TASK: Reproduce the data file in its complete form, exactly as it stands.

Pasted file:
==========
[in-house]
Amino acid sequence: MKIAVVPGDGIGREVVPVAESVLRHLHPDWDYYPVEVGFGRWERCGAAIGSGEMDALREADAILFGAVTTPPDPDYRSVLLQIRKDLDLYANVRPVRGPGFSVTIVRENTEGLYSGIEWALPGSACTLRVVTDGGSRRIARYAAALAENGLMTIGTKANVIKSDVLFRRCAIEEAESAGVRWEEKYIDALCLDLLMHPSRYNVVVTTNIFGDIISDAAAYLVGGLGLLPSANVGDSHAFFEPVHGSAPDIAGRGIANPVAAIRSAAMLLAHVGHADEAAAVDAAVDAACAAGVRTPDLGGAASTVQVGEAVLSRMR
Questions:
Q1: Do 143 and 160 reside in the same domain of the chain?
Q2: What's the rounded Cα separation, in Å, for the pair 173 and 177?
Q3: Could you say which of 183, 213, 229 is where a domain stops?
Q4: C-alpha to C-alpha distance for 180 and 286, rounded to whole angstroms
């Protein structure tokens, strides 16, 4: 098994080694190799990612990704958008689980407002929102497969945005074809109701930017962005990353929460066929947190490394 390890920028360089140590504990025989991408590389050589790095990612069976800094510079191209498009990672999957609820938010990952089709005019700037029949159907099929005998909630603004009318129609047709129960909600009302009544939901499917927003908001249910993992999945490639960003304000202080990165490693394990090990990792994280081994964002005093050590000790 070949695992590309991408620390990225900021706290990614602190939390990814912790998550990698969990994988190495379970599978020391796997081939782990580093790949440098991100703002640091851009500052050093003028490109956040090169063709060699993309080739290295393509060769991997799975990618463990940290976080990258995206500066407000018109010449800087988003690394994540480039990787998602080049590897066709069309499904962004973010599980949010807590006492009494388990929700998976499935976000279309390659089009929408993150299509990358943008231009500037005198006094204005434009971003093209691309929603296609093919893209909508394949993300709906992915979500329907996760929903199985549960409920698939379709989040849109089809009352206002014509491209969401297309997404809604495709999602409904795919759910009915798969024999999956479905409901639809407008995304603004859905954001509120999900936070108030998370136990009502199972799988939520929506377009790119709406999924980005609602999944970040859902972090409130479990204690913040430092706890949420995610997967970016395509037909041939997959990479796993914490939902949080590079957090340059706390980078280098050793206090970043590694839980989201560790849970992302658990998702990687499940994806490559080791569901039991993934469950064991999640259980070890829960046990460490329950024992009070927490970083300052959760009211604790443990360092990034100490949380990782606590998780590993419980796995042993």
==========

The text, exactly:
[in-house]
Amino acid sequence: MKIAVVPGDGIGREVVPVAESVLRHLHPDWDYYPVEVGFGRWERCGAAIGSGEMDALREADAILFGAVTTPPDPDYRSVLLQIRKDLDLYANVRPVRGPGFSVTIVRENTEGLYSGIEWALPGSACTLRVVTDGGSRRIARYAAALAENGLMTIGTKANVIKSDVLFRRCAIEEAESAGVRWEEKYIDALCLDLLMHPSRYNVVVTTNIFGDIISDAAAYLVGGLGLLPSANVGDSHAFFEPVHGSAPDIAGRGIANPVAAIRSAAMLLAHVGHADEAAAVDAAVDAACAAGVRTPDLGGAASTVQVGEAVLSRMR
Questions:
Q1: Do 143 and 160 reside in the same domain of the chain?
Q2: What's the rounded Cα separation, in Å, for the pair 173 and 177?
Q3: Could you say which of 183, 213, 229 is where a domain stops?
Q4: C-alpha to C-alpha distance for 180 and 286, rounded to whole angstroms
């Protein structure tokens, strides 16, 4: 098994080694190799990612990704958008689980407002929102497969945005074809109701930017962005990353929460066929947190490394 390890920028360089140590504990025989991408590389050589790095990612069976800094510079191209498009990672999957609820938010990952089709005019700037029949159907099929005998909630603004009318129609047709129960909600009302009544939901499917927003908001249910993992999945490639960003304000202080990165490693394990090990990792994280081994964002005093050590000790 070949695992590309991408620390990225900021706290990614602190939390990814912790998550990698969990994988190495379970599978020391796997081939782990580093790949440098991100703002640091851009500052050093003028490109956040090169063709060699993309080739290295393509060769991997799975990618463990940290976080990258995206500066407000018109010449800087988003690394994540480039990787998602080049590897066709069309499904962004973010599980949010807590006492009494388990929700998976499935976000279309390659089009929408993150299509990358943008231009500037005198006094204005434009971003093209691309929603296609093919893209909508394949993300709906992915979500329907996760929903199985549960409920698939379709989040849109089809009352206002014509491209969401297309997404809604495709999602409904795919759910009915798969024999999956479905409901639809407008995304603004859905954001509120999900936070108030998370136990009502199972799988939520929506377009790119709406999924980005609602999944970040859902972090409130479990204690913040430092706890949420995610997967970016395509037909041939997959990479796993914490939902949080590079957090340059706390980078280098050793206090970043590694839980989201560790849970992302658990998702990687499940994806490559080791569901039991993934469950064991999640259980070890829960046990460490329950024992009070927490970083300052959760009211604790443990360092990034100490949380990782606590998780590993419980796995042993």